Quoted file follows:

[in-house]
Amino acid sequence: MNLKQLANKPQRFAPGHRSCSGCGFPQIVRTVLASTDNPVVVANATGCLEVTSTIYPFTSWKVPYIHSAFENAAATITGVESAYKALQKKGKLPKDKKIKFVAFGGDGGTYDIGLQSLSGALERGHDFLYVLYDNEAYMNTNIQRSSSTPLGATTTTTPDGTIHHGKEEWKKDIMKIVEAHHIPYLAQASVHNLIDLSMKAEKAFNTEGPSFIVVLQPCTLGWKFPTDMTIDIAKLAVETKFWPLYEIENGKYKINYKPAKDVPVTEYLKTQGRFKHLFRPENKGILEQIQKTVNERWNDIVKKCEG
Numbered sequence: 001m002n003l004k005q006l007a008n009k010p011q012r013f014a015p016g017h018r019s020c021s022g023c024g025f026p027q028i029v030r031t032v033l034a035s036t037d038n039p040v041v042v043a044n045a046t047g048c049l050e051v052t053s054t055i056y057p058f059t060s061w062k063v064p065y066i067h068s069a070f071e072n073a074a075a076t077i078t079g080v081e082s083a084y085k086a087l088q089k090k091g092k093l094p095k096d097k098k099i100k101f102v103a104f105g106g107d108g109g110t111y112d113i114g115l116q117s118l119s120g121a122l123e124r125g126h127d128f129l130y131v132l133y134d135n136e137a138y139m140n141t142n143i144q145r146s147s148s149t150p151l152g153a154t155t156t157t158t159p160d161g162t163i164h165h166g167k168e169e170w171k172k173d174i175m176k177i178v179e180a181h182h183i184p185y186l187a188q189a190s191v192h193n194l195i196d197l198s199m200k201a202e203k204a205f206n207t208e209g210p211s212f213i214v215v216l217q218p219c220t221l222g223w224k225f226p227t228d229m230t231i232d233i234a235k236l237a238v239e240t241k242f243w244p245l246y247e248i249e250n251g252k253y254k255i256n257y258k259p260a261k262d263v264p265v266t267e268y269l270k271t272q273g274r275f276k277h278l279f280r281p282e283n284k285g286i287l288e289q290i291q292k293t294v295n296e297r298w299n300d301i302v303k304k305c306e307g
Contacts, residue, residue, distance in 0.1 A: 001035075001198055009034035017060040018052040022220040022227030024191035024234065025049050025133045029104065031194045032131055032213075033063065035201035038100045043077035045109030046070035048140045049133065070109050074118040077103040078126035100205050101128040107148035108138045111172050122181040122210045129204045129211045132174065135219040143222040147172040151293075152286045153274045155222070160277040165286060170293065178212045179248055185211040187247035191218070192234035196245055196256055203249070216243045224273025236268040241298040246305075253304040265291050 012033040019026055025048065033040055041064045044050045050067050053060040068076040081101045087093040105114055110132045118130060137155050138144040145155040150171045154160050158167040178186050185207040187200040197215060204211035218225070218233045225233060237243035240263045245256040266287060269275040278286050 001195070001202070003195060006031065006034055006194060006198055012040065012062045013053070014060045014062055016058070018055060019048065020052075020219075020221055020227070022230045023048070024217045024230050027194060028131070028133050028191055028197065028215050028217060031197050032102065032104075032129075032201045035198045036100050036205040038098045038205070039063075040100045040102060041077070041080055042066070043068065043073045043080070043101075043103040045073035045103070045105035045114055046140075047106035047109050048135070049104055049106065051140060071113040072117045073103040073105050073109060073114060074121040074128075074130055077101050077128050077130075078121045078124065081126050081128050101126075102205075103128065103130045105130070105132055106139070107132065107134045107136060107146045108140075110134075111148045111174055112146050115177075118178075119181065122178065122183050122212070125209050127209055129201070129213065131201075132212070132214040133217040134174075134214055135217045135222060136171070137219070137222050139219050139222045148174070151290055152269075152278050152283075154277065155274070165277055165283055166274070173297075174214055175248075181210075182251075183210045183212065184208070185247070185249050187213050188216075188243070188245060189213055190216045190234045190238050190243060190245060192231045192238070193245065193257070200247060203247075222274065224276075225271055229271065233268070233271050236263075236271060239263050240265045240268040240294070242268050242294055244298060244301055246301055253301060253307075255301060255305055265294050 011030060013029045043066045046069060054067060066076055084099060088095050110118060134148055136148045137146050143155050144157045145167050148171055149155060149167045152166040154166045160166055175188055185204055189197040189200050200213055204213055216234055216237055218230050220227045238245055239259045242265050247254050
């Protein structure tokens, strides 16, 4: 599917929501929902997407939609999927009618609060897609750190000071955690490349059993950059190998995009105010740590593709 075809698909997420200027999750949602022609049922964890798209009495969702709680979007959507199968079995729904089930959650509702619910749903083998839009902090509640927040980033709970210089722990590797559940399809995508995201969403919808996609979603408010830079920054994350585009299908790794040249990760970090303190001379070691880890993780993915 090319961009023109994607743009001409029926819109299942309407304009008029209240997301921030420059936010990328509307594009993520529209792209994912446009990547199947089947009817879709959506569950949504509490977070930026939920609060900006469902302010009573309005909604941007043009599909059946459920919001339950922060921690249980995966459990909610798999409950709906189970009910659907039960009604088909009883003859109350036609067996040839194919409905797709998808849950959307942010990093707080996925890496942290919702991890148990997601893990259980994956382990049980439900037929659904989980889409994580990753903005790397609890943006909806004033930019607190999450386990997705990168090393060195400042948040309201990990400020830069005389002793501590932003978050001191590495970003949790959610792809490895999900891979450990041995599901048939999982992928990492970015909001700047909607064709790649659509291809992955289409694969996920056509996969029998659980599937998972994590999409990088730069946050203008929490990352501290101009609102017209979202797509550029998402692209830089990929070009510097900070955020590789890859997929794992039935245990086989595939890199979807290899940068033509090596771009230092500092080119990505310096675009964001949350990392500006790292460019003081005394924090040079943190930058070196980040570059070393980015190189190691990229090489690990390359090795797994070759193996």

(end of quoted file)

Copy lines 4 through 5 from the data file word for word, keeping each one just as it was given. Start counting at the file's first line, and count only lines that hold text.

Contacts, residue, residue, distance in 0.1 A: 001035075001198055009034035017060040018052040022220040022227030024191035024234065025049050025133045029104065031194045032131055032213075033063065035201035038100045043077035045109030046070035048140045049133065070109050074118040077103040078126035100205050101128040107148035108138045111172050122181040122210045129204045129211045132174065135219040143222040147172040151293075152286045153274045155222070160277040165286060170293065178212045179248055185211040187247035191218070192234035196245055196256055203249070216243045224273025236268040241298040246305075253304040265291050 012033040019026055025048065033040055041064045044050045050067050053060040068076040081101045087093040105114055110132045118130060137155050138144040145155040150171045154160050158167040178186050185207040187200040197215060204211035218225070218233045225233060237243035240263045245256040266287060269275040278286050 001195070001202070003195060006031065006034055006194060006198055012040065012062045013053070014060045014062055016058070018055060019048065020052075020219075020221055020227070022230045023048070024217045024230050027194060028131070028133050028191055028197065028215050028217060031197050032102065032104075032129075032201045035198045036100050036205040038098045038205070039063075040100045040102060041077070041080055042066070043068065043073045043080070043101075043103040045073035045103070045105035045114055046140075047106035047109050048135070049104055049106065051140060071113040072117045073103040073105050073109060073114060074121040074128075074130055077101050077128050077130075078121045078124065081126050081128050101126075102205075103128065103130045105130070105132055106139070107132065107134045107136060107146045108140075110134075111148045111174055112146050115177075118178075119181065122178065122183050122212070125209050127209055129201070129213065131201075132212070132214040133217040134174075134214055135217045135222060136171070137219070137222050139219050139222045148174070151290055152269075152278050152283075154277065155274070165277055165283055166274070173297075174214055175248075181210075182251075183210045183212065184208070185247070185249050187213050188216075188243070188245060189213055190216045190234045190238050190243060190245060192231045192238070193245065193257070200247060203247075222274065224276075225271055229271065233268070233271050236263075236271060239263050240265045240268040240294070242268050242294055244298060244301055246301055253301060253307075255301060255305055265294050 011030060013029045043066045046069060054067060066076055084099060088095050110118060134148055136148045137146050143155050144157045145167050148171055149155060149167045152166040154166045160166055175188055185204055189197040189200050200213055204213055216234055216237055218230050220227045238245055239259045242265050247254050
């Protein structure tokens, strides 16, 4: 599917929501929902997407939609999927009618609060897609750190000071955690490349059993950059190998995009105010740590593709 075809698909997420200027999750949602022609049922964890798209009495969702709680979007959507199968079995729904089930959650509702619910749903083998839009902090509640927040980033709970210089722990590797559940399809995508995201969403919808996609979603408010830079920054994350585009299908790794040249990760970090303190001379070691880890993780993915 090319961009023109994607743009001409029926819109299942309407304009008029209240997301921030420059936010990328509307594009993520529209792209994912446009990547199947089947009817879709959506569950949504509490977070930026939920609060900006469902302010009573309005909604941007043009599909059946459920919001339950922060921690249980995966459990909610798999409950709906189970009910659907039960009604088909009883003859109350036609067996040839194919409905797709998808849950959307942010990093707080996925890496942290919702991890148990997601893990259980994956382990049980439900037929659904989980889409994580990753903005790397609890943006909806004033930019607190999450386990997705990168090393060195400042948040309201990990400020830069005389002793501590932003978050001191590495970003949790959610792809490895999900891979450990041995599901048939999982992928990492970015909001700047909607064709790649659509291809992955289409694969996920056509996969029998659980599937998972994590999409990088730069946050203008929490990352501290101009609102017209979202797509550029998402692209830089990929070009510097900070955020590789890859997929794992039935245990086989595939890199979807290899940068033509090596771009230092500092080119990505310096675009964001949350990392500006790292460019003081005394924090040079943190930058070196980040570059070393980015190189190691990229090489690990390359090795797994070759193996």